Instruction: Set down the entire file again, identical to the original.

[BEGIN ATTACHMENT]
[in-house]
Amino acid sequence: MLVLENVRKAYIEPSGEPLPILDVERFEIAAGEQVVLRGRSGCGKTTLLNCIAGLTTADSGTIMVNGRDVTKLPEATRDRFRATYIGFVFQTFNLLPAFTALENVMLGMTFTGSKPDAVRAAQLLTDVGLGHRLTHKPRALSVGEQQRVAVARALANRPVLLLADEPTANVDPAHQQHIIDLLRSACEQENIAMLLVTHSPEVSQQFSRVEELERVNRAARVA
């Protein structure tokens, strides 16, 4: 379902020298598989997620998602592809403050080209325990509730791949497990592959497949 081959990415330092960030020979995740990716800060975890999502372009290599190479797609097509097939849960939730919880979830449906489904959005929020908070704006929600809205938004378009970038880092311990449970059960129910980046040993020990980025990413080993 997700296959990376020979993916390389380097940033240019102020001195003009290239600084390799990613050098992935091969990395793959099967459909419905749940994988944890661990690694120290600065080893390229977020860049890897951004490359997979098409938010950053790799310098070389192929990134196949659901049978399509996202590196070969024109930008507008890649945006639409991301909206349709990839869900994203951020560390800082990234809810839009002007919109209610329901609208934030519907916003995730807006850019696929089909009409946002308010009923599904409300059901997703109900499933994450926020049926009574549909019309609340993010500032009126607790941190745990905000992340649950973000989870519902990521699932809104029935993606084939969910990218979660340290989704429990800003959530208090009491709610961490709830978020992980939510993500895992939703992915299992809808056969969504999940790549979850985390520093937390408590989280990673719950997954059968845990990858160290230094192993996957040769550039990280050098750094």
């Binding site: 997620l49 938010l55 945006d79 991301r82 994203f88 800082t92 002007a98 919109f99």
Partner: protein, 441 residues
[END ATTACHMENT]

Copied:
[in-house]
Amino acid sequence: MLVLENVRKAYIEPSGEPLPILDVERFEIAAGEQVVLRGRSGCGKTTLLNCIAGLTTADSGTIMVNGRDVTKLPEATRDRFRATYIGFVFQTFNLLPAFTALENVMLGMTFTGSKPDAVRAAQLLTDVGLGHRLTHKPRALSVGEQQRVAVARALANRPVLLLADEPTANVDPAHQQHIIDLLRSACEQENIAMLLVTHSPEVSQQFSRVEELERVNRAARVA
């Protein structure tokens, strides 16, 4: 379902020298598989997620998602592809403050080209325990509730791949497990592959497949 081959990415330092960030020979995740990716800060975890999502372009290599190479797609097509097939849960939730919880979830449906489904959005929020908070704006929600809205938004378009970038880092311990449970059960129910980046040993020990980025990413080993 997700296959990376020979993916390389380097940033240019102020001195003009290239600084390799990613050098992935091969990395793959099967459909419905749940994988944890661990690694120290600065080893390229977020860049890897951004490359997979098409938010950053790799310098070389192929990134196949659901049978399509996202590196070969024109930008507008890649945006639409991301909206349709990839869900994203951020560390800082990234809810839009002007919109209610329901609208934030519907916003995730807006850019696929089909009409946002308010009923599904409300059901997703109900499933994450926020049926009574549909019309609340993010500032009126607790941190745990905000992340649950973000989870519902990521699932809104029935993606084939969910990218979660340290989704429990800003959530208090009491709610961490709830978020992980939510993500895992939703992915299992809808056969969504999940790549979850985390520093937390408590989280990673719950997954059968845990990858160290230094192993996957040769550039990280050098750094």
């Binding site: 997620l49 938010l55 945006d79 991301r82 994203f88 800082t92 002007a98 919109f99």
Partner: protein, 441 residues